Two speakers were removed from the Mobile City Council meeting Tuesday, July 21, as councilors contemplated changes to the rules allowing public presentations to the body.
The debate began when, during a pre-conference meeting, City Clerk Lisa Lambert announced outspoken resident Reggie Hill had signed up to deliver presentations to councilors on a number of agenda and non-agenda items.
Councilman John Williams, chairman of the body’s rules committee, said he was against what he called “a broad application to speak to council.”
“Those ‘just anything that sticks to the wall’ applications … really need to change,” he said. “We need to say you’re going to have to pick one [topic] and be specific.”
Allowing speakers to continue to vaguely reference what the topic of their presentation is could result in confusion among councilors and the administration, Williams said.
“Being absolutely surprised by Mr. Hill is getting old,” he said. “It’s not fair to the administration, it’s not fair to us and it’s not fair to the general public who have to listen to him ramble on and on.”
Following the pre-conference meeting, Hill said he felt his First Amendment rights were being infringed upon. He said he’s frustrated at the rules that force presenters on non-agenda items to sign up the Thursday prior to Tuesday’s regular meeting because the agenda itself isn’t released publicly until Friday.
“If they can’t gather information from Thursday to Tuesday, then there’s something wrong with the office,” Hill said.
In the four years Hill said he’s been speaking in front of the council almost every week, officials have only responded to him four times. One of those times, he said, was Friday, following a council meeting on police reform, when Mobile Police Chief Lawrence Battiste spoke to him.
Despite the call for future rules changes, Hill was allowed to speak and given five minutes to do so. However, when he finished speaking he sat down at the back of the auditorium by himself, but didn’t put a face covering back on.
Councilman Fred Richardson called Hill out for not putting the face covering back on and told colleagues the body was “setting a precedent.”
“I believe what we’re going to have is people lining up outside the door to speak and then coming in without a mask,” he said. “Nobody is allowed to stay in here without a mask.”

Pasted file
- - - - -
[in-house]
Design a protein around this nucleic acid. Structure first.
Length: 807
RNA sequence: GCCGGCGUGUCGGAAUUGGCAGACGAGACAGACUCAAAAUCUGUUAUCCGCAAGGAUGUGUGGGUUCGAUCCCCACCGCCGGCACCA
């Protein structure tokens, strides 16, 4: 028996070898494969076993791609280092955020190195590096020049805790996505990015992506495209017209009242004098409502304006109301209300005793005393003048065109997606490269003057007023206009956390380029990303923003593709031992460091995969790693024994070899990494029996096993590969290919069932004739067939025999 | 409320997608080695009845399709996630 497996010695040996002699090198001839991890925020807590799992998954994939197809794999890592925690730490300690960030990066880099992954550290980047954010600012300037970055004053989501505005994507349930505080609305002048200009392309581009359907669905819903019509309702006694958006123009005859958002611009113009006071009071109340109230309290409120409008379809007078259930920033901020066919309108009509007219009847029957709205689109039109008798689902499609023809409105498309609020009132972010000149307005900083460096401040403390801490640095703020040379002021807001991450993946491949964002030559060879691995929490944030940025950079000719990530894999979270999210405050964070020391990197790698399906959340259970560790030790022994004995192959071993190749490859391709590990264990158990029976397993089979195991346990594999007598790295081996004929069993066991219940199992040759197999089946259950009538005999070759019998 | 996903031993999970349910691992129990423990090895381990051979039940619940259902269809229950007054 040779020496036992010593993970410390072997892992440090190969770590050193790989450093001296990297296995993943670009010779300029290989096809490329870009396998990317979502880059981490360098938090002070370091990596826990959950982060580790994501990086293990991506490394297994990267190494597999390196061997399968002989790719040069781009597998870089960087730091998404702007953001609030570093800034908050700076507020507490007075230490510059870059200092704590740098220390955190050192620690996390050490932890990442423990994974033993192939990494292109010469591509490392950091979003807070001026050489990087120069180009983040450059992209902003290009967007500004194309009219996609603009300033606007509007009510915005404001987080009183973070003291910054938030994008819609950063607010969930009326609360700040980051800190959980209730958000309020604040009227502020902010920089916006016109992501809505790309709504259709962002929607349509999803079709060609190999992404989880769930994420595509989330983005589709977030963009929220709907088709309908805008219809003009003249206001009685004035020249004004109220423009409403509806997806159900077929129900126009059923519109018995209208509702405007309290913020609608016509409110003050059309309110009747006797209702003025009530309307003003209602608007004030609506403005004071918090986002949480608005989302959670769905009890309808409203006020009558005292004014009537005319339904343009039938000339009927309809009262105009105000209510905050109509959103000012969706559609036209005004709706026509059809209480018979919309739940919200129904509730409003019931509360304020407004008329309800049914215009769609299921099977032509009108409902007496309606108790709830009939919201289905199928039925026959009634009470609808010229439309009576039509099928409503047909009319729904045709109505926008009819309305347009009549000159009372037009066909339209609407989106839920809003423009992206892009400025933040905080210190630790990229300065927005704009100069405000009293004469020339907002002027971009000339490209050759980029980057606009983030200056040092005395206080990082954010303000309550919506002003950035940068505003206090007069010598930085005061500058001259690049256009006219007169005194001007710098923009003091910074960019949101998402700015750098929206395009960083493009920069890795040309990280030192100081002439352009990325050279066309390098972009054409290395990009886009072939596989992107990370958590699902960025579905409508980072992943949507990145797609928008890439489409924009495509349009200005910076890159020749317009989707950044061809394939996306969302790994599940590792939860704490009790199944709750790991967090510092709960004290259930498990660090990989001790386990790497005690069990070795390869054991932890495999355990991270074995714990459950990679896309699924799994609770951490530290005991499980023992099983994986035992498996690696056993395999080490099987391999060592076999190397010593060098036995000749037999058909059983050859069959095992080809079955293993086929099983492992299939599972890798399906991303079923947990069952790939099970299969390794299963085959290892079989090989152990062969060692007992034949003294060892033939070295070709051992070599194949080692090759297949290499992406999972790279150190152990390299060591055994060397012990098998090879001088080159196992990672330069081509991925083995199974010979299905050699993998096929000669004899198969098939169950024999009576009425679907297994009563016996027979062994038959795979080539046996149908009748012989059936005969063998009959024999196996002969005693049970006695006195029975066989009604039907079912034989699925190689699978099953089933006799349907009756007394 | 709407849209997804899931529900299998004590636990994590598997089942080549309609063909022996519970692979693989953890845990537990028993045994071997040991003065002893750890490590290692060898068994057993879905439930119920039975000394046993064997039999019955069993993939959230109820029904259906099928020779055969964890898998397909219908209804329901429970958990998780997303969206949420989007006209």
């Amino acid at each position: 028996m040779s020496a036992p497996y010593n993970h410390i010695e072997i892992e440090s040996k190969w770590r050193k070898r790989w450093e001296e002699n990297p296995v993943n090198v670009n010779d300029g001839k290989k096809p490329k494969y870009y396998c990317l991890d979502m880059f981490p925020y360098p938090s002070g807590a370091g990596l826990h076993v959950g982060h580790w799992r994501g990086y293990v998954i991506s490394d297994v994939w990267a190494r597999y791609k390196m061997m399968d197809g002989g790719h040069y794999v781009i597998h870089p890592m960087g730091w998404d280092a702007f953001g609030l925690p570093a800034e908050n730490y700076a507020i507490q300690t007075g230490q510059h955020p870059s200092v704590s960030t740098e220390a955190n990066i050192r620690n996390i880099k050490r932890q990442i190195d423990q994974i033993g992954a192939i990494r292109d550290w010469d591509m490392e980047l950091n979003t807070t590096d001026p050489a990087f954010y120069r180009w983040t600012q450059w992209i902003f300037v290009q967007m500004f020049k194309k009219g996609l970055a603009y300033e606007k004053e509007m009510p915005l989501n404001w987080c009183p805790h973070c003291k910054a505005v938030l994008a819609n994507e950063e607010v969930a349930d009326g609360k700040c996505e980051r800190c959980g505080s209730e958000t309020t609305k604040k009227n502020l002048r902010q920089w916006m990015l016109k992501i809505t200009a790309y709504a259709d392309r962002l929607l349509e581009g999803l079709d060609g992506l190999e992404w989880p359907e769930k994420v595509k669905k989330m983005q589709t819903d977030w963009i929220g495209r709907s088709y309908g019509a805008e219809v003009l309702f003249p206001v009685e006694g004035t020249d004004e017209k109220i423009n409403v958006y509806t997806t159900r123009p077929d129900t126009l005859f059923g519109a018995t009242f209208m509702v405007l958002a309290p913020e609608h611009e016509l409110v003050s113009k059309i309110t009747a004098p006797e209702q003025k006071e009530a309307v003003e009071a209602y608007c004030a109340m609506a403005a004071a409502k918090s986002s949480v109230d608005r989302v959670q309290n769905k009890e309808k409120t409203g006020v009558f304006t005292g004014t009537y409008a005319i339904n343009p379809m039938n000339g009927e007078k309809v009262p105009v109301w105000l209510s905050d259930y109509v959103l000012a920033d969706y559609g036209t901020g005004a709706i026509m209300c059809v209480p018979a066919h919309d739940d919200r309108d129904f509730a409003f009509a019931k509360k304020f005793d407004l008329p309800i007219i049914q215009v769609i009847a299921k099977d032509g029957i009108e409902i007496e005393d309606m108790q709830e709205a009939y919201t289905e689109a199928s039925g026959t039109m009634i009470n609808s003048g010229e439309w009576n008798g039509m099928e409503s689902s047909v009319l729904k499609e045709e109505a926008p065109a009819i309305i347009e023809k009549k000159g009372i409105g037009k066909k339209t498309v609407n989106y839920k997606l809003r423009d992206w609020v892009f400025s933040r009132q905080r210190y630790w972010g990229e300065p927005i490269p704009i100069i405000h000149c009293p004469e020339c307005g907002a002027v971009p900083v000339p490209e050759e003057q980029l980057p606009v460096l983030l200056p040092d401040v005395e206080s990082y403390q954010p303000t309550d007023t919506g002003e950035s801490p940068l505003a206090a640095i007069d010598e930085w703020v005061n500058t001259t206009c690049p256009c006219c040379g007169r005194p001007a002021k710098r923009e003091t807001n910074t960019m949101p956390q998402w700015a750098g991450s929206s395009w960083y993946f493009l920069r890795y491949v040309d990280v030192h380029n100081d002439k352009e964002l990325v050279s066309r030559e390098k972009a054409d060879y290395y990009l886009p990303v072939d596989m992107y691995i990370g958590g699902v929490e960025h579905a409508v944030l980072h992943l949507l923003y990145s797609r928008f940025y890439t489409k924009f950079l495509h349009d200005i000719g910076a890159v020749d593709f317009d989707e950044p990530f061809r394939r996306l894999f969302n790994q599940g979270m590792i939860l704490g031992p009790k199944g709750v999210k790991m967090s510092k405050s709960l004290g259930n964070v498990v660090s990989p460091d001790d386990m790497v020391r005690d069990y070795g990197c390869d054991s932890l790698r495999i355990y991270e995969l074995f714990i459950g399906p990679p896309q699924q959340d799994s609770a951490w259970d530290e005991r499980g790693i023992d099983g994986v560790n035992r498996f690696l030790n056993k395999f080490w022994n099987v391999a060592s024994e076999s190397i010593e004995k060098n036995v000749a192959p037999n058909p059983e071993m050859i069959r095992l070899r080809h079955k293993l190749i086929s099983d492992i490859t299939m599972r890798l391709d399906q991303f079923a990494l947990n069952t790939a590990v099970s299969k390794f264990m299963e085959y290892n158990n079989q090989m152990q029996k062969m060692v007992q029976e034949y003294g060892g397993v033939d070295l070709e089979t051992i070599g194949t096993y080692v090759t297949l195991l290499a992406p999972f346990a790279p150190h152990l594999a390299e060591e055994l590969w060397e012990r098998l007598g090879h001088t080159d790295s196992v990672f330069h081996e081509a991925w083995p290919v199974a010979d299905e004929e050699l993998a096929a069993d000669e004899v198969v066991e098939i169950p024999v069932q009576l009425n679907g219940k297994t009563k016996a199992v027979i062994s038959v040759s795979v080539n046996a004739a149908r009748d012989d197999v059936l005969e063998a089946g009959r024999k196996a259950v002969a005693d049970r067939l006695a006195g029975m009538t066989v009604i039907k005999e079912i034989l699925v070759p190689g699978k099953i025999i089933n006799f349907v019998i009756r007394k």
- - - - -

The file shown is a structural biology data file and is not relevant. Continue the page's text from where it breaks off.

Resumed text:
At that, Council President Levon Manzie asked everyone at the meeting to put a mask on. When Hill refused to put on a mask he had in his possession, he was escorted out of the meeting by Public Safety Director James Barber.
Hill argued Gov. Kay Ivey’s mask order allows for the removal of masks in public spaces if the would-be wearer is greater than six feet from another person outside their household. According to Ivey’s website, Hill is correct. Following the meeting, Barber confirmed Hill was removed from the meeting over a “council rule” on masks.
“This is a faith thing to me,” Hill said while in the atrium of Government Plaza. “I want to know what law they’re basing this on. A city ordinance does not supersede state law.”
Hill returned to the auditorium to collect his belongings and left the building.
When asked why he decided to have Hill removed for repeatedly refusing to wear a mask, Manzie said he felt it was the right thing to do.
“Wearing a mask is not only to protect us, but to protect staff and citizens,” Manzie said. “As long as we’re in this situation, I don’t think it’s unreasonable for that to be an expectation.”
Councilors also heard from Gil Lambert, who signed up to speak on an agenda item, but raised questions about policing practices, which was not on the agenda.
Despite violating council rules, Lambert was allowed five minutes to speak. He also complained to councilors about rules on presentations. When his time was up, councilors responded to him. He responded back, but was asked to take his seat because council rules dictate presenters can’t debate councilors. After refusing to take his seat, Lambert was removed from the meeting.
Manzie said miscommunication led him to allow Lambert to speak, technically violating council rules in the first place.
The issue of presenters speaking to the council will be debated at 2 p.m. on Tuesday, Aug. 18, WIlliams confirmed. He said he would like to see the rules tweaked to limit the amount of time councilors are allowed for rebuttal. There is currently no time limit. Williams would like to limit it to three minutes.
“We shouldn’t be allowed to tell someone to sit down and then berate them,” he said. “It’s disrespectful for someone to go on and on and on, to the citizen and the council.”
If a councilor wants to hear from a presenter for longer than five minutes, Williams said, the councilor could ask to waive the rules and the waiver could be voted on.
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